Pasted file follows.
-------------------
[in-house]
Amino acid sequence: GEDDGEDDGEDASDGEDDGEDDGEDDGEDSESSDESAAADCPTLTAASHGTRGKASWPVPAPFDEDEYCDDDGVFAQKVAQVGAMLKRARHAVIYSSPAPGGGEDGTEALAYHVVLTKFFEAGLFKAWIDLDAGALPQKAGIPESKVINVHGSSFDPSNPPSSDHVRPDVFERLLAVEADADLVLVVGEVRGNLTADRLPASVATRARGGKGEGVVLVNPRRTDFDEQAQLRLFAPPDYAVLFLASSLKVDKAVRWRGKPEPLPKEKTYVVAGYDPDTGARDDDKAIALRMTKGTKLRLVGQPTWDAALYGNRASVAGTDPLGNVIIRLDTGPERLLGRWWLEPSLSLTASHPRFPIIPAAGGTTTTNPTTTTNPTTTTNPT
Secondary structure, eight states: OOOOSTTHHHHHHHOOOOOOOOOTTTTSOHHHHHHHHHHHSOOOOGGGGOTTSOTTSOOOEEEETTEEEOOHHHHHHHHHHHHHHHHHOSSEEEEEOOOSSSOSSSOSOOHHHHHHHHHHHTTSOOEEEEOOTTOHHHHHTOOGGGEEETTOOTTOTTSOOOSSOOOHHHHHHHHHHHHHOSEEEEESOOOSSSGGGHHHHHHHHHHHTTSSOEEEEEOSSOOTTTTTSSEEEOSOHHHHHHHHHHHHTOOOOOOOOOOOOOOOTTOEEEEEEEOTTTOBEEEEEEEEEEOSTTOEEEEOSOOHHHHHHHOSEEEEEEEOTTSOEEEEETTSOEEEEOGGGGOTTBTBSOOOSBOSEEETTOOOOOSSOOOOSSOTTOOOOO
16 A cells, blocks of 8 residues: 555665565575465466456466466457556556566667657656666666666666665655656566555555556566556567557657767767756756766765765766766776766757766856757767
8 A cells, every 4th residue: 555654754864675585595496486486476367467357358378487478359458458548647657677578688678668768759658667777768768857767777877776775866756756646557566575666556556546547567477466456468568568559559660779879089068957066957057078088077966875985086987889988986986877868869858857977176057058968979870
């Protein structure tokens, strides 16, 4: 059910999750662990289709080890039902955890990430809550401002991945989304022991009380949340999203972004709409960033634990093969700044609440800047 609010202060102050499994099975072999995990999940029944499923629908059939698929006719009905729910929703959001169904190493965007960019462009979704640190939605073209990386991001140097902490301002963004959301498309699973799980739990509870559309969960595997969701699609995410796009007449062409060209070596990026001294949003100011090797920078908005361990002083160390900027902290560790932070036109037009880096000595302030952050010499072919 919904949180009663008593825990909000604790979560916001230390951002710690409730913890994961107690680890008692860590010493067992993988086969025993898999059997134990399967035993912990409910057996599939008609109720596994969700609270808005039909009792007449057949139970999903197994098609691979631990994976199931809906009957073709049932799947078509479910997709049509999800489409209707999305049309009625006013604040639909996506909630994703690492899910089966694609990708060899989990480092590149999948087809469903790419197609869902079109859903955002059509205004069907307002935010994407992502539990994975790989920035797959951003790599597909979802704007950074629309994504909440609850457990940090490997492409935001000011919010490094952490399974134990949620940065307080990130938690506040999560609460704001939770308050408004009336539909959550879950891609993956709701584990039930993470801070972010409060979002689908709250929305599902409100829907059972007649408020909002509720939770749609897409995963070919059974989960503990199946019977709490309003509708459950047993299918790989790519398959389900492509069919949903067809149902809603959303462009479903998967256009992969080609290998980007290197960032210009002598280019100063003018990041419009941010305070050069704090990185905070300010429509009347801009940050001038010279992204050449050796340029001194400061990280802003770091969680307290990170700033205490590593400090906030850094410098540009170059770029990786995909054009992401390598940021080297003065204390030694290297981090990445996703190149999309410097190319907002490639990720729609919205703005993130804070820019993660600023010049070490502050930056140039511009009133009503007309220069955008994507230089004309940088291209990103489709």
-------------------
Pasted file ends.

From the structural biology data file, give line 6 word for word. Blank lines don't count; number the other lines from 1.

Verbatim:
């Protein structure tokens, strides 16, 4: 059910999750662990289709080890039902955890990430809550401002991945989304022991009380949340999203972004709409960033634990093969700044609440800047 609010202060102050499994099975072999995990999940029944499923629908059939698929006719009905729910929703959001169904190493965007960019462009979704640190939605073209990386991001140097902490301002963004959301498309699973799980739990509870559309969960595997969701699609995410796009007449062409060209070596990026001294949003100011090797920078908005361990002083160390900027902290560790932070036109037009880096000595302030952050010499072919 919904949180009663008593825990909000604790979560916001230390951002710690409730913890994961107690680890008692860590010493067992993988086969025993898999059997134990399967035993912990409910057996599939008609109720596994969700609270808005039909009792007449057949139970999903197994098609691979631990994976199931809906009957073709049932799947078509479910997709049509999800489409209707999305049309009625006013604040639909996506909630994703690492899910089966694609990708060899989990480092590149999948087809469903790419197609869902079109859903955002059509205004069907307002935010994407992502539990994975790989920035797959951003790599597909979802704007950074629309994504909440609850457990940090490997492409935001000011919010490094952490399974134990949620940065307080990130938690506040999560609460704001939770308050408004009336539909959550879950891609993956709701584990039930993470801070972010409060979002689908709250929305599902409100829907059972007649408020909002509720939770749609897409995963070919059974989960503990199946019977709490309003509708459950047993299918790989790519398959389900492509069919949903067809149902809603959303462009479903998967256009992969080609290998980007290197960032210009002598280019100063003018990041419009941010305070050069704090990185905070300010429509009347801009940050001038010279992204050449050796340029001194400061990280802003770091969680307290990170700033205490590593400090906030850094410098540009170059770029990786995909054009992401390598940021080297003065204390030694290297981090990445996703190149999309410097190319907002490639990720729609919205703005993130804070820019993660600023010049070490502050930056140039511009009133009503007309220069955008994507230089004309940088291209990103489709």